The Chicago Black Social Culture Map (CBSCM) archive is designed by Honey Pot Performance (HPP) to reach a wide demographic, from the casually curious to academic experts. The archive documents the lived experiences of Black Chicagoans from the Great Migration through the rise of House music, giving this chronically under-documented constituency an opportunity to see their stories and histories represented as written record and archive. The act of creating and sharing the CBSCM archive not only serves to insert this important segment of American history into the official canon, but also engages those whom the archive represents, inviting them to actively help to build and shape this historical record, and increasing their agency from passive audience into participant and history-maker.

In addition to working directly with community members as primary sources for contributions to the archive, the CBSCM has partnered with local archives and organizations including the Blackivists, the Modern Dance Music Research and Archiving Foundation, the Center for Black Music Research, DuSable Museum, and Arts + Public Life at University of Chicago to research entry content for venues and sites. HPP purposefully approaches the process of archiving as a social, community driven practice, with the aim of fostering intersection and interaction between a wide range of institutions, grassroots efforts, and practitioners. In this way, we hope to additionally serve the archiving and historic preservation community by facilitating connections with communities they may not normally have direct access to.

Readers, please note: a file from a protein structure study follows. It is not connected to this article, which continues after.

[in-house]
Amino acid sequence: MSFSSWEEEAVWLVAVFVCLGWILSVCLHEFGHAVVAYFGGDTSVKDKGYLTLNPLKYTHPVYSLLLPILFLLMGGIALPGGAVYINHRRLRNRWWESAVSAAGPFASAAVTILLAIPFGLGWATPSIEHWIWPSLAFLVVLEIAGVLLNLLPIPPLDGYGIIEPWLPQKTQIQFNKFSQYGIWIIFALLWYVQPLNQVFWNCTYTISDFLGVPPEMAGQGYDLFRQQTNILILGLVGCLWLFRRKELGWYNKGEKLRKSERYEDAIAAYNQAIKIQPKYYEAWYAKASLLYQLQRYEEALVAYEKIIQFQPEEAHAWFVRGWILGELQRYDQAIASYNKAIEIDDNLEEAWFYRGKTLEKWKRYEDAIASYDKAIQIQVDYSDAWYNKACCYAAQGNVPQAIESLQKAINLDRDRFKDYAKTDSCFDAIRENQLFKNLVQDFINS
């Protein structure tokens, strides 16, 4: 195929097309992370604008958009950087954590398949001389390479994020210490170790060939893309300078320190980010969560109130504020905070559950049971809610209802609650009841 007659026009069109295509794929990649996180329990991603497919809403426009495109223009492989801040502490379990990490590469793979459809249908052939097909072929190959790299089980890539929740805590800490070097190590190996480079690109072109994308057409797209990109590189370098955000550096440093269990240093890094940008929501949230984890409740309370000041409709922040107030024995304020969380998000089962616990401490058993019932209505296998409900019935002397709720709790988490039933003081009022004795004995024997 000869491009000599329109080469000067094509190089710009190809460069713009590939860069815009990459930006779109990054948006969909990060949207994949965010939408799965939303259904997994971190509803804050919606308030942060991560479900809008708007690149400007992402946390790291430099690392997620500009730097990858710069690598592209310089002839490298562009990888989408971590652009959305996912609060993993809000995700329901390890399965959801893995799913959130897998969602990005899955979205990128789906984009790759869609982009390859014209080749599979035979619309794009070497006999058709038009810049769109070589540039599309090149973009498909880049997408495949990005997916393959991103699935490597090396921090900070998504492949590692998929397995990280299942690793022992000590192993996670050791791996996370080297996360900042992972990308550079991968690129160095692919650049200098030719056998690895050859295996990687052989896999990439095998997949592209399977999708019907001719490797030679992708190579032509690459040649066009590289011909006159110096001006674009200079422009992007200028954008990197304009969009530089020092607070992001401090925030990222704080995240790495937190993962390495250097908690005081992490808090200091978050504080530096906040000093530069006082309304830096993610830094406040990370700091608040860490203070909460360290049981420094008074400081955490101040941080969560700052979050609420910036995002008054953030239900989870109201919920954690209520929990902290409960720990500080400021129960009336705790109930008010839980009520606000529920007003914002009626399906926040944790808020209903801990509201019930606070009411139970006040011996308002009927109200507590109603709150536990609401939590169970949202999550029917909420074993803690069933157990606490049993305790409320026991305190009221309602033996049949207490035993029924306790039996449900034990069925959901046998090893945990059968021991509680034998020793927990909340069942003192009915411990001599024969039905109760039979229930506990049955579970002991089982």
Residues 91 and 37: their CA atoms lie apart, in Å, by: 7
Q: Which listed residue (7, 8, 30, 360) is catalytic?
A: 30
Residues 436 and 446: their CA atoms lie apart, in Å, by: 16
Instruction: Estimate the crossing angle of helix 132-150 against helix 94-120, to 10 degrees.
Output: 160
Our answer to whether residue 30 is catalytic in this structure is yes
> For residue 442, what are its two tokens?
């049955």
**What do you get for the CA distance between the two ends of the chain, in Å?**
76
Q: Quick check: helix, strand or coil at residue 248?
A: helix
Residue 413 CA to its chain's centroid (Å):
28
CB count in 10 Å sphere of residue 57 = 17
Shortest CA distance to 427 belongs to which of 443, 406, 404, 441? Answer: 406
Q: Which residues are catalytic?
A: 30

Most public engagement around the archive takes place in community-based partner institutions and community centers on the South and West Sides of Chicago, both of which are home to majority Black and Brown communities.

The CBSCM archive encompasses the oral and material history of Chicago’s Black social culture across the 20th century from the Great Migration through the birth of house music. Since 2014, through open sessions, targeted interviews, and multi-faceted research, data has been compiled on over 350 venues in the Chicagoland area. Materials in the collection include digitally recorded oral histories, digitized audio from cassette tapes, two-dimensional paper flyers, posters, small hand-held “pluggers,” and printed photographs, as well as sartorial expressions of house music culture.


Project Director
Meida McNeal

Technical Director
Jo de Presser

Community Data & Research Manager

Community Data & Research Associate

Marketing & Communications Director
Abra Johnson

Social Media Coordinator
Jamila Johnson

Program & Exhibitions Team
Lori Branch, Lauren Lowery, Duane Powell, Darlene Jackson, Jo de Presser, Lynneah McCarrell, Jeneca Onikoyi, Abra Johnson, Meida McNeal, Larissa Johnson

Archiving Advisory Leads
Skyla Hearn & Lauren Lowery

Education & Curriculum Team
Abra Johnson, Jennifer Ligaya, Sea Michell Miller, Meida McNeal